The digitization of the business world is having a major impact on how companies operate, creating new employment opportunities for building, managing and protecting computer systems. As organizations integrate more advanced technologies, the need for network security experts and cybersecurity professionals is only expanding. According to research from the analytics software company Burning Glass, the volume of cybersecurity job postings has grown 94% since 2013, and positions in this field now account for 13% of all IT-related roles. To compete for these employment opportunities, candidates must have the right educational backgrounds, skill sets and computer security experiences, which is why a master’s degree in cybersecurity is such a valuable stepping stone.
To help you prepare for a successful career in cybersecurity, we’ve pulled together key insights and requirements that every aspiring professional should understand. Let’s take a close look at how to become a security architect, what this role entails and how an advanced degree fits into the bigger picture.
What Is a Security Architect?
Security architects are responsible for maintaining the operability of computer systems and protecting sensitive information from exploitation and theft. By performing deep cybersecurity research, these professionals anticipate how cybercriminals might infiltrate secure networks, steal data and distribute malware to business-critical IT assets. According to the InfoSec Institute, security architects are expected to stay current on the latest developments and security architectures to ensure they’re one step ahead of malicious actors, both in and outside their companies. However, since every organization relies on different computer systems and upholds disparate security standards, these roles often come with a high degree of variability.
Security architects are only one component of modern cybersecurity teams, and the amount of influence they have on IT decisions typically aligns with their level of experience. For example, some security architects take on day-to-day systems administrator tasks, while those in management positions may focus on developing project timelines for system upgrades. According to Robert Half, a security analyst’s job description may include the following responsibilities:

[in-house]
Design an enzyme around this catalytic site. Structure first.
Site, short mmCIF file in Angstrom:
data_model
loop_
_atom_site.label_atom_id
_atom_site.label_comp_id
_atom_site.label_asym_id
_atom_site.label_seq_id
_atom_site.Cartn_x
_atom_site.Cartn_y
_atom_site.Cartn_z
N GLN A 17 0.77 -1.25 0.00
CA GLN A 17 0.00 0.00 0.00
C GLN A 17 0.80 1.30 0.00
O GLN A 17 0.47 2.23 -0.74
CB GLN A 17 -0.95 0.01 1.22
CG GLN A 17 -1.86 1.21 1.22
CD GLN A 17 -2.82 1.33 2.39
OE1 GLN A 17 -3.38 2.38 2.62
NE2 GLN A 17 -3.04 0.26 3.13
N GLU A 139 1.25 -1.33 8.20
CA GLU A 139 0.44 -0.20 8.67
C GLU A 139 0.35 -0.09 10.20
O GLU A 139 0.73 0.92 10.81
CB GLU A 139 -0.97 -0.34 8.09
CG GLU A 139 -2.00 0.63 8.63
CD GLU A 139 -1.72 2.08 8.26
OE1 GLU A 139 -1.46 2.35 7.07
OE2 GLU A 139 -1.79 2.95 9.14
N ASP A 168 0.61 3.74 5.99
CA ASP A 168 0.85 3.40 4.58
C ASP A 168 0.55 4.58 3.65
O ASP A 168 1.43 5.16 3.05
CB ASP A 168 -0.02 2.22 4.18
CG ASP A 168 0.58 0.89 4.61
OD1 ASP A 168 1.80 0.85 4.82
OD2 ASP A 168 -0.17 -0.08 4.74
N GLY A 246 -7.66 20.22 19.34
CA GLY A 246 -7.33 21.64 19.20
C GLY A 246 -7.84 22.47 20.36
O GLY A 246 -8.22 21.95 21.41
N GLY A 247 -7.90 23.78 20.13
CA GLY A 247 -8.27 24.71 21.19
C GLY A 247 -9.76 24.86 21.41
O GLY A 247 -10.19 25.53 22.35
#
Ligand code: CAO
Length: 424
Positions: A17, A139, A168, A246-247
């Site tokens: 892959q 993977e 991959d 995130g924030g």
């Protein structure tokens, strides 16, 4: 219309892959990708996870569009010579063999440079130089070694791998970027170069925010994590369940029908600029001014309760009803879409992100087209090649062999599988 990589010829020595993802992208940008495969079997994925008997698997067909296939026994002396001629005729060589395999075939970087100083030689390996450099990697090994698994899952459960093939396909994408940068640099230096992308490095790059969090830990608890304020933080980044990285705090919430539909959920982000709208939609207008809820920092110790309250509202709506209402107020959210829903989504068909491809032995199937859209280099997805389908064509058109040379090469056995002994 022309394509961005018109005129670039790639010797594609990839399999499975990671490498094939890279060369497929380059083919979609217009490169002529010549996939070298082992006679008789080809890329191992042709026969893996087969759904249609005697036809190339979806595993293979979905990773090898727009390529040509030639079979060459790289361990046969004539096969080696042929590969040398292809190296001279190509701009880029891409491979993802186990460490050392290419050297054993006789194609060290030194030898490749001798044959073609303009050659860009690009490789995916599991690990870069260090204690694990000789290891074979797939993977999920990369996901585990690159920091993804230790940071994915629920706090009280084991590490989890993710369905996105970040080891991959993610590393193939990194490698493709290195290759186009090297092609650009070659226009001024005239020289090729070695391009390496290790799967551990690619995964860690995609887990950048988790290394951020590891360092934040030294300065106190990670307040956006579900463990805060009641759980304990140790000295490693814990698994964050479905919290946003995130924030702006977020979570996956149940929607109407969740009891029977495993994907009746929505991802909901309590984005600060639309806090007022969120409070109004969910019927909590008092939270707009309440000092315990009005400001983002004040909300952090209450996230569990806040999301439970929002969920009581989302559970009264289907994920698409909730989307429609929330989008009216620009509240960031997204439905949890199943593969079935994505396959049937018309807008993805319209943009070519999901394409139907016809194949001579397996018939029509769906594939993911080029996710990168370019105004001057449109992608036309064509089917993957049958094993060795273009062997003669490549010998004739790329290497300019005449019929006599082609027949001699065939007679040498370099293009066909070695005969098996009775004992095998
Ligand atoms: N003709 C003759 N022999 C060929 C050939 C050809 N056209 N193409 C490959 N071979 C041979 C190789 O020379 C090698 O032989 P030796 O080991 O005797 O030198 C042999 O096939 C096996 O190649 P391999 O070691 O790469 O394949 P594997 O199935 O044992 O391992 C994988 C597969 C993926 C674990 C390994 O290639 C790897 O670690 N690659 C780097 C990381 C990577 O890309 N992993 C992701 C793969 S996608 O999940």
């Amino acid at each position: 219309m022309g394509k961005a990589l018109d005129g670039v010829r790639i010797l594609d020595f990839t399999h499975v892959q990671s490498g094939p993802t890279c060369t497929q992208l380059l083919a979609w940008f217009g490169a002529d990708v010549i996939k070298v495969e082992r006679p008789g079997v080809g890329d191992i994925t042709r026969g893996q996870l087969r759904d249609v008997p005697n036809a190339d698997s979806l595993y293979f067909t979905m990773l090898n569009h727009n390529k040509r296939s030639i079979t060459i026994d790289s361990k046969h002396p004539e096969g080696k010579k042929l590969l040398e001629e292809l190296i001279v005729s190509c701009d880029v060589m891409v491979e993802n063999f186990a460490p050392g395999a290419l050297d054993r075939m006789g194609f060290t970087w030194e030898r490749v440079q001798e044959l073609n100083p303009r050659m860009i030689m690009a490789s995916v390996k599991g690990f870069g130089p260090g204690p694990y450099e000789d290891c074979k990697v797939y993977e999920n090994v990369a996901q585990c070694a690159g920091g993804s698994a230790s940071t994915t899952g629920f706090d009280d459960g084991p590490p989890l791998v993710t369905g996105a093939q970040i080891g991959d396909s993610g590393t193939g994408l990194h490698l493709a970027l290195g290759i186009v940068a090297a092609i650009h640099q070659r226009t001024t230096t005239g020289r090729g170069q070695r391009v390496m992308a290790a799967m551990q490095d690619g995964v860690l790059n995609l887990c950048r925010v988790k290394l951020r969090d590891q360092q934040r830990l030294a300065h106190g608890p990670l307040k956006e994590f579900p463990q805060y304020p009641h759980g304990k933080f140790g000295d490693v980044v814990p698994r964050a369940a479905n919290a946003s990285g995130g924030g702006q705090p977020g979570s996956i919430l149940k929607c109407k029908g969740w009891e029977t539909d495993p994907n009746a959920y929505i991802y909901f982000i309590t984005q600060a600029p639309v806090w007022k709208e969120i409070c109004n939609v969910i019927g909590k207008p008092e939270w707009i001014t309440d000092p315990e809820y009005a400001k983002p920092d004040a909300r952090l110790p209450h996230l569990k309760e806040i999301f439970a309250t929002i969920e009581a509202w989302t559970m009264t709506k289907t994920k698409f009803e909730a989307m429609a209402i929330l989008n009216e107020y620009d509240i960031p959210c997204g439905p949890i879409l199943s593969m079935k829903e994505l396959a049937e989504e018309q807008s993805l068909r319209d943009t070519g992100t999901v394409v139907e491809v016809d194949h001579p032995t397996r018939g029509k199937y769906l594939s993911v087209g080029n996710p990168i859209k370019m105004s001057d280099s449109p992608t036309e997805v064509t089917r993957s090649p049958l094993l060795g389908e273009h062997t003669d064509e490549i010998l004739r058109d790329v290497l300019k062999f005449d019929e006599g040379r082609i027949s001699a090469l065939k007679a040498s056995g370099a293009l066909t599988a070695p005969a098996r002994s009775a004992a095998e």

- Reviewing current computer systems and networks for vulnerabilities and enhancements
- Conducting penetration tests and identifying suspicious behavior
- Managing network security and access privileges to minimize risk
- Establishing disaster recovery strategies and data loss prevention tactics
- Responding to security events and providing post-breach analyses
Alongside their core cybersecurity responsibilities, some security architects also help to improve the performance of computer systems and private networks through continuous monitoring. They design and implement new security architectures that increase efficiency while minimizing an organization’s attack surface. These tasks have become particularly important in the modern era, where cybercrime has become a multi-trillion dollar problem. According to a 2020 report from Herjavec Group, the global cost of cybercrime is expected to reach $6 trillion by 2021. To help limit the frequency of data breaches and the resulting financial and reputational damages, security architects must possess certain hard skills, technical knowledge and character traits.
What Skills Do You Need To Become a Security Architect?
Many aspiring professionals wonder how to become a security architect in an ever-shifting IT landscape, where new computer systems and vulnerabilities are constantly cropping up. The speed of technological innovation has made managing security architectures quite challenging, especially for organizations committed to digital transformation. For example, a 2019 study from Nutanix found that 86% of enterprise survey respondents believe hybrid cloud is their ideal IT operating model. However, since this framework requires alignment between legacy systems and cloud-based applications, it can be difficult to develop security structures that provide total visibility and control over all workloads.
Although the roles and responsibilities of security architects are constantly changing in response to new threats and enhancement opportunities, there are specific skills that organizations desire. Here are a few key skill sets security professionals should possess: